MULTISITE MARK-RECAPTURE FOR CETACEANS: POPULATION ESTIMATES WITH BAYESIAN MODEL AVERAGING

Authors

  • J. W. Durban,

    1. University of Aberdeen, School of Biological Sciences, Lighthouse Field Station, Cromarty, Ross-Shire IV11 8YJ, United Kingdom
    Search for more papers by this author
    • 1

      Current address: National Marine Mammal Laboratory, Alaska Fisheries Science Center, 7600 Sand Point Way NE, Seattle, Washington 98115–6349, U.S.A.; e-mail: john.durban@noaa.gov.

  • D. A. Elston,

    1. Biomathematics and Statistics Scotland, Environmental Modelling Unit, The Macaulay Institute, Aberdeen AB15 8QH, United Kingdom
    Search for more papers by this author
  • D. K. Ellifrit,

    1. Center for Whale Research, 355 Smugglers Cove Road, Friday Harbor, Washington 98250, U.S.A.
    Search for more papers by this author
  • E. Dickson,

    1. Whale and Dolphin Conservation Society, Moray Firth Wildlife Centre, Spey Bay, Moray IV32 7PJ, United Kingdom P. S. Hammond
    Search for more papers by this author
  • P. S. Hammond,

    1. NERC Sea Mammal Research Unit, Gatty Marine Laboratory, School of Biology, University of St Andrews, St Andrews, Fife KY16 8LB, United Kingdom
    Search for more papers by this author
  • P. M. Thompson

    1. University of Aberdeen, School of Biological Sciences, Lighthouse Field Station, Cromarty, Ross-Shire IV11 8YJ, United Kingdom
    Search for more papers by this author

Abstract

Mark-recapture techniques are widely used to estimate the size of wildlife populations. However, in cetacean photo-identification studies, it is often impractical to sample across the entire range of the population. Consequently, negatively biased population estimates can result when large portions of a population are unavailable for photographic capture. To overcome this problem, we propose that individuals be sampled from a number of discrete sites located throughout the population's range. The recapture of individuals between sites can then be presented in a simple contingency table, where the cells refer to discrete categories formed by combinations of the study sites. We present a Bayesian framework for fitting a suite of log-linear models to these data, with each model representing a different hypothesis about dependence between sites. Modeling dependence facilitates the analysis of opportunistic photo-identification data from study sites located due to convenience rather than by design. Because inference about population size is sensitive to model choice, we use Bayesian Markov chain Monte Carlo approaches to estimate posterior model probabilities, and base inference on a model-averaged estimate of population size. We demonstrate this method in the analysis of photographic mark-recapture data for bottlenose dolphins from three coastal sites around NE Scotland.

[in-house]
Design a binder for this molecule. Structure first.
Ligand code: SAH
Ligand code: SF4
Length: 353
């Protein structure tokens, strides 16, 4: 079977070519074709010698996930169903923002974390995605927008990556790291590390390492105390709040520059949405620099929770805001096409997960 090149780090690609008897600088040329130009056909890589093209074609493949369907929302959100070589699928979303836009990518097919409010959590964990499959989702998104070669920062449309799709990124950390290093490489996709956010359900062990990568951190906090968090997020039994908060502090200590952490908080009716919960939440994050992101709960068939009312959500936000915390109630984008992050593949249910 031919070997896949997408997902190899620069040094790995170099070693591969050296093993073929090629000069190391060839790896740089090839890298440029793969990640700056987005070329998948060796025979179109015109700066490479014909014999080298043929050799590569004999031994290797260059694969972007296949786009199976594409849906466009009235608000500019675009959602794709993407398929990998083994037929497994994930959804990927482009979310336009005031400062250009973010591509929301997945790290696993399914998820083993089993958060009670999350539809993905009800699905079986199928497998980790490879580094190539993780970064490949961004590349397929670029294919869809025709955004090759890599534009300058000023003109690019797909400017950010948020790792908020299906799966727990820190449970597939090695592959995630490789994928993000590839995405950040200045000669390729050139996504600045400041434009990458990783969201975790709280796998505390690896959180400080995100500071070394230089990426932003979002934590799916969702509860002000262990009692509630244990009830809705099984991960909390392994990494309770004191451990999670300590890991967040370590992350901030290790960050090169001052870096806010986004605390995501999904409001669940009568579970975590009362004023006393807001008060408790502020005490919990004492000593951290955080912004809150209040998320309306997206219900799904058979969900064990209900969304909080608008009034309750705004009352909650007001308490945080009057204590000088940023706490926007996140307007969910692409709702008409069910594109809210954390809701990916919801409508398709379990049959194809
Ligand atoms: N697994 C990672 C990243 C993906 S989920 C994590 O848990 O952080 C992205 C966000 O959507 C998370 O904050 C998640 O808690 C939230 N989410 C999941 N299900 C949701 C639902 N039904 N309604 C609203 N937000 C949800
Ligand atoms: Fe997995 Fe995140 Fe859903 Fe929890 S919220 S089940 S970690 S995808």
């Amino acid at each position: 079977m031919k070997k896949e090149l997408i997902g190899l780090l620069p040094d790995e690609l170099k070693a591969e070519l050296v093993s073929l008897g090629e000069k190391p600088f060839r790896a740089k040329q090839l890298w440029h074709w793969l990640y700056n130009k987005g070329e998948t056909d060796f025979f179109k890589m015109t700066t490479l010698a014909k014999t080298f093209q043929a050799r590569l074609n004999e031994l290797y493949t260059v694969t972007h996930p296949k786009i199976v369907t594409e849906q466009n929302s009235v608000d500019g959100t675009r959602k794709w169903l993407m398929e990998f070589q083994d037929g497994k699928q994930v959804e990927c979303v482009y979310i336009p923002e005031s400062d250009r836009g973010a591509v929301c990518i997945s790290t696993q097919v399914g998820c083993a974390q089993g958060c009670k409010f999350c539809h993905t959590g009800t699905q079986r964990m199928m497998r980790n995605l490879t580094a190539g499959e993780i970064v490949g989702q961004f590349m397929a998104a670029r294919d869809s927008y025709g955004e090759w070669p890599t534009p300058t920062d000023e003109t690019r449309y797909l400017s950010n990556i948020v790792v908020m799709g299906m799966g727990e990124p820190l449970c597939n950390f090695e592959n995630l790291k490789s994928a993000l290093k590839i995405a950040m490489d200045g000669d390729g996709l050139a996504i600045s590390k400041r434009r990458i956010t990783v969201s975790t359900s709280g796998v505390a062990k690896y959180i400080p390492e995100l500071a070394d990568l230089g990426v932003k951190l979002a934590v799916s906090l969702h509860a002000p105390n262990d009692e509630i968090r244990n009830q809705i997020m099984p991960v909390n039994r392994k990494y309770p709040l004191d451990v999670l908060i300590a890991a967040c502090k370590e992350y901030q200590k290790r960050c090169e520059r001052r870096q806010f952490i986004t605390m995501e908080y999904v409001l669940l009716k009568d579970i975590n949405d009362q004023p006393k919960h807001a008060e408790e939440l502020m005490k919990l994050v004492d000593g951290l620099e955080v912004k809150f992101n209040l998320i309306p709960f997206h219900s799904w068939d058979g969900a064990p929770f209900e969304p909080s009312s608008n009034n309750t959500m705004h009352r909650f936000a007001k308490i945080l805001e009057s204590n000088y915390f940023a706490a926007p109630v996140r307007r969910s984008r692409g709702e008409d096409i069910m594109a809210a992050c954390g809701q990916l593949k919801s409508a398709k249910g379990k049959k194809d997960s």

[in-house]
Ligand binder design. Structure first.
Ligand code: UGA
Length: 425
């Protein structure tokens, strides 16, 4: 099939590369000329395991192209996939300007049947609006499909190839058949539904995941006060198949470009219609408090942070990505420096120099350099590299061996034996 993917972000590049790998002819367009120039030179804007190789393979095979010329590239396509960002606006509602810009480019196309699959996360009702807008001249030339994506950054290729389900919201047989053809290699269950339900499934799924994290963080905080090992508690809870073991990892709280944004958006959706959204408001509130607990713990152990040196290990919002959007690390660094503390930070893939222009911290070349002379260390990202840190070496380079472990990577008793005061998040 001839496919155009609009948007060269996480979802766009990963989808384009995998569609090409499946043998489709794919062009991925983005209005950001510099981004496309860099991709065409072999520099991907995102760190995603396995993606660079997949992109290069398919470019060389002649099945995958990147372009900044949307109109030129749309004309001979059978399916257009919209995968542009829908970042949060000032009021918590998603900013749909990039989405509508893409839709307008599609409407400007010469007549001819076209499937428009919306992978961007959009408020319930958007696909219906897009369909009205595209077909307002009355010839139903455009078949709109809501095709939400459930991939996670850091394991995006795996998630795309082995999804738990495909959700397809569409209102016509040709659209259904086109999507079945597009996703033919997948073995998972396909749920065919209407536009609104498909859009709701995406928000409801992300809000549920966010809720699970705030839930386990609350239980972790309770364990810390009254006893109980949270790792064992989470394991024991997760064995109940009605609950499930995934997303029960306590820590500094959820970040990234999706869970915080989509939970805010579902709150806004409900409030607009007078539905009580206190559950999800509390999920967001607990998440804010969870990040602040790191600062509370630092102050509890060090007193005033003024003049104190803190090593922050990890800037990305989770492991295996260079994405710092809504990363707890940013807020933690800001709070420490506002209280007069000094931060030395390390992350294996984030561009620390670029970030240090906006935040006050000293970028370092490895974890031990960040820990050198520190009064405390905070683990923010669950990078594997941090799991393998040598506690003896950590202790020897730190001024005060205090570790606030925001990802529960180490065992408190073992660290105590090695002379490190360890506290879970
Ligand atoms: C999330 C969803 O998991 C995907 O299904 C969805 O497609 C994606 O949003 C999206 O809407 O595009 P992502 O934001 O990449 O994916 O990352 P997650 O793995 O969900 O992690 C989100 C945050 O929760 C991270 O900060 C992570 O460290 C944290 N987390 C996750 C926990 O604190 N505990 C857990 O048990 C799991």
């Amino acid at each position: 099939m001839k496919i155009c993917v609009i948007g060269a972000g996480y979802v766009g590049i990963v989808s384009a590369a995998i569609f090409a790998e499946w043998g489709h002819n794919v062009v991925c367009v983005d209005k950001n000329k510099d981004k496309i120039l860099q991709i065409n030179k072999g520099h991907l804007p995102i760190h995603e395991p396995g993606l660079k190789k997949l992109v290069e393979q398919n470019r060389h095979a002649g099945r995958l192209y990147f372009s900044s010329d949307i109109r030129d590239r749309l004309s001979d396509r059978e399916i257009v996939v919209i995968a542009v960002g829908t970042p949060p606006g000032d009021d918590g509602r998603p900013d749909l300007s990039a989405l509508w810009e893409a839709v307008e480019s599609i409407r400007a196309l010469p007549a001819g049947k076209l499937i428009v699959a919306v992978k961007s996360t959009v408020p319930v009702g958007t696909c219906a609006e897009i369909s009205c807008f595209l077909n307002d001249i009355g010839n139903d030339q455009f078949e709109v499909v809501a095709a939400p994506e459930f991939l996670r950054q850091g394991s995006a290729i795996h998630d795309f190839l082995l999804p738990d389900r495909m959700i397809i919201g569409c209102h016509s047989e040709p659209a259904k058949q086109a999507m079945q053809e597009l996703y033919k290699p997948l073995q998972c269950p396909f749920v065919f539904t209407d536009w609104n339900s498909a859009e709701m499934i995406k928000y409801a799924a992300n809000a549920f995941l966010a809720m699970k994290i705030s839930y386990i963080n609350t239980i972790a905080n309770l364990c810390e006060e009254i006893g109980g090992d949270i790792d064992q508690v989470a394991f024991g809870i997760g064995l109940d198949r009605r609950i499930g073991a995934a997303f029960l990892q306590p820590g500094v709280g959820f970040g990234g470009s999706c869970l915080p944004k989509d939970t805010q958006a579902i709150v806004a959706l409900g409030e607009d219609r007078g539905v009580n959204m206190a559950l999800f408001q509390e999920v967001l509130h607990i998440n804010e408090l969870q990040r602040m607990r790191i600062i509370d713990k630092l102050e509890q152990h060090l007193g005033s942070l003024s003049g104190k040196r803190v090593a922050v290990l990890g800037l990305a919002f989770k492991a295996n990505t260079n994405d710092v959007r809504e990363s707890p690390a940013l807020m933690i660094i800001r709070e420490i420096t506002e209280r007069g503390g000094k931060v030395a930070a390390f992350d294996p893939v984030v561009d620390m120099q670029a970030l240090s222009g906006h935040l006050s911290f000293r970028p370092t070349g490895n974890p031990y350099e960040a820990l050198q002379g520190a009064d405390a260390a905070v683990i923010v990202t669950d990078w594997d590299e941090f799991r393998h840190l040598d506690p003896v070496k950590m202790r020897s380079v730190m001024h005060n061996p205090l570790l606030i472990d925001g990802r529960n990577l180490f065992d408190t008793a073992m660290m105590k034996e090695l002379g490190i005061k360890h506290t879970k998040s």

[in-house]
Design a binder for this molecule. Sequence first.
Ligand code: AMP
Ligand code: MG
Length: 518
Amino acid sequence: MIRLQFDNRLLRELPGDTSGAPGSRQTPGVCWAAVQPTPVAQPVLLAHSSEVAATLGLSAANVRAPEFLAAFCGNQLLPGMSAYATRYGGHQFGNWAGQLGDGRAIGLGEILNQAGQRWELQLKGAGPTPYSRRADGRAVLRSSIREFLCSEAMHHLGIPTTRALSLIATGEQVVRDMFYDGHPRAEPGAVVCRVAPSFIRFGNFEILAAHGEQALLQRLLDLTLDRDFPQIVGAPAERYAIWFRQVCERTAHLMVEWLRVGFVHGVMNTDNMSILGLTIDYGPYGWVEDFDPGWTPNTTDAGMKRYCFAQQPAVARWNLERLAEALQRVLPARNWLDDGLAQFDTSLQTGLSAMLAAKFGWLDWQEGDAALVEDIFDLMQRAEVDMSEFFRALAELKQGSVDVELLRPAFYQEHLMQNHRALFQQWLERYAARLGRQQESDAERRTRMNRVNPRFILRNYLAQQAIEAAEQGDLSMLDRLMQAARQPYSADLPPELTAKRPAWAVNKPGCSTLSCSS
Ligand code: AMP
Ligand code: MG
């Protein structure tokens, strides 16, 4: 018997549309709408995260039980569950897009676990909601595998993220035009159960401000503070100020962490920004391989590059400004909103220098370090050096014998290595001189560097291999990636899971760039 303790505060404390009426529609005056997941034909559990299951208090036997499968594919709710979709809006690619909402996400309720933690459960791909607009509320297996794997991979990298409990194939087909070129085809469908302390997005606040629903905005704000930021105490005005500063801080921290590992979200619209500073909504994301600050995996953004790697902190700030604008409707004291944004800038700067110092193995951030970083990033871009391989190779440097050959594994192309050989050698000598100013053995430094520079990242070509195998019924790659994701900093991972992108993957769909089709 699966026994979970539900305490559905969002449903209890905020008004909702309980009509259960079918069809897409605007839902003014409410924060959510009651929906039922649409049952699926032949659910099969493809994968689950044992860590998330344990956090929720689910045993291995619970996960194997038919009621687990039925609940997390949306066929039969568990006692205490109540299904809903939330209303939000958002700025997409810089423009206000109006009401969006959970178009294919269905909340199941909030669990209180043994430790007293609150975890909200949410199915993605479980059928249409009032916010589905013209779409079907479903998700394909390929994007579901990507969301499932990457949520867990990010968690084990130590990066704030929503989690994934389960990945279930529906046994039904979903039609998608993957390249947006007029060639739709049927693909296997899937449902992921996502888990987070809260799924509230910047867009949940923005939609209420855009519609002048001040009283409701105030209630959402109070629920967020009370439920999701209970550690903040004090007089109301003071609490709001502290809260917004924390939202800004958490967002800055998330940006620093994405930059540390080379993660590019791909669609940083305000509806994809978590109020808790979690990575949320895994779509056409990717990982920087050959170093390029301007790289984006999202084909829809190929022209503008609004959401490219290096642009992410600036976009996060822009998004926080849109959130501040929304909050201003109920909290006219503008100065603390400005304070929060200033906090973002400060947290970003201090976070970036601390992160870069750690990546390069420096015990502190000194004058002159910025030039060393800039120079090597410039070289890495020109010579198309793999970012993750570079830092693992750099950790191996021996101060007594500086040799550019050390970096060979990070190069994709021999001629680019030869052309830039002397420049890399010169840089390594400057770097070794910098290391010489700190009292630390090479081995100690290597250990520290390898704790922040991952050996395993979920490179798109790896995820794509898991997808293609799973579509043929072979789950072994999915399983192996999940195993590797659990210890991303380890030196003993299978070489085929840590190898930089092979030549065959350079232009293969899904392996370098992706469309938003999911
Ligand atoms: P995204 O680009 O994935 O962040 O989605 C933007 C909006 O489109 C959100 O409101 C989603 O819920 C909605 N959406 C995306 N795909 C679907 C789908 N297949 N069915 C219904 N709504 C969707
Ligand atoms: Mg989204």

Ancillary